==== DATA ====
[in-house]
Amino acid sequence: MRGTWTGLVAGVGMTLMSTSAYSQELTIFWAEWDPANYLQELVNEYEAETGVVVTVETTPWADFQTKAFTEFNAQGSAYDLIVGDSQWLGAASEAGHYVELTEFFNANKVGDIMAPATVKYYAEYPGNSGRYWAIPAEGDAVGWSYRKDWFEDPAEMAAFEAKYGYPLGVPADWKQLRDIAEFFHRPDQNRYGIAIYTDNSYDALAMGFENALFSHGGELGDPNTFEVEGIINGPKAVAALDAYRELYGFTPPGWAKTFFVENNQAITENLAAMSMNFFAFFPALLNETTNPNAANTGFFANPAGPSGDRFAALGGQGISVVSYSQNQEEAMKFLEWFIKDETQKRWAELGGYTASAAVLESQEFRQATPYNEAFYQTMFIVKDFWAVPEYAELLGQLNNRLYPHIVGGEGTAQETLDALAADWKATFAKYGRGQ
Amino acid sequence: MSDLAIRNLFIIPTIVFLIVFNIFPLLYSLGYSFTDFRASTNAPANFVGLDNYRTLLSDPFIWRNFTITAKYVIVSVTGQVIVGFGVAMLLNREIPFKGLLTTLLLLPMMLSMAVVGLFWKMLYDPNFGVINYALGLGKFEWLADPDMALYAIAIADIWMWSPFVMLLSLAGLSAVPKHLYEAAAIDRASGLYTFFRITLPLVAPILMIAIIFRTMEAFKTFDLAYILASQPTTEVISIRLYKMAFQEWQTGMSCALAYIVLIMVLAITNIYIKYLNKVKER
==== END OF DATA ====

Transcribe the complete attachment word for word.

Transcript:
[in-house]
Amino acid sequence: MRGTWTGLVAGVGMTLMSTSAYSQELTIFWAEWDPANYLQELVNEYEAETGVVVTVETTPWADFQTKAFTEFNAQGSAYDLIVGDSQWLGAASEAGHYVELTEFFNANKVGDIMAPATVKYYAEYPGNSGRYWAIPAEGDAVGWSYRKDWFEDPAEMAAFEAKYGYPLGVPADWKQLRDIAEFFHRPDQNRYGIAIYTDNSYDALAMGFENALFSHGGELGDPNTFEVEGIINGPKAVAALDAYRELYGFTPPGWAKTFFVENNQAITENLAAMSMNFFAFFPALLNETTNPNAANTGFFANPAGPSGDRFAALGGQGISVVSYSQNQEEAMKFLEWFIKDETQKRWAELGGYTASAAVLESQEFRQATPYNEAFYQTMFIVKDFWAVPEYAELLGQLNNRLYPHIVGGEGTAQETLDALAADWKATFAKYGRGQ
Amino acid sequence: MSDLAIRNLFIIPTIVFLIVFNIFPLLYSLGYSFTDFRASTNAPANFVGLDNYRTLLSDPFIWRNFTITAKYVIVSVTGQVIVGFGVAMLLNREIPFKGLLTTLLLLPMMLSMAVVGLFWKMLYDPNFGVINYALGLGKFEWLADPDMALYAIAIADIWMWSPFVMLLSLAGLSAVPKHLYEAAAIDRASGLYTFFRITLPLVAPILMIAIIFRTMEAFKTFDLAYILASQPTTEVISIRLYKMAFQEWQTGMSCALAYIVLIMVLAITNIYIKYLNKVKER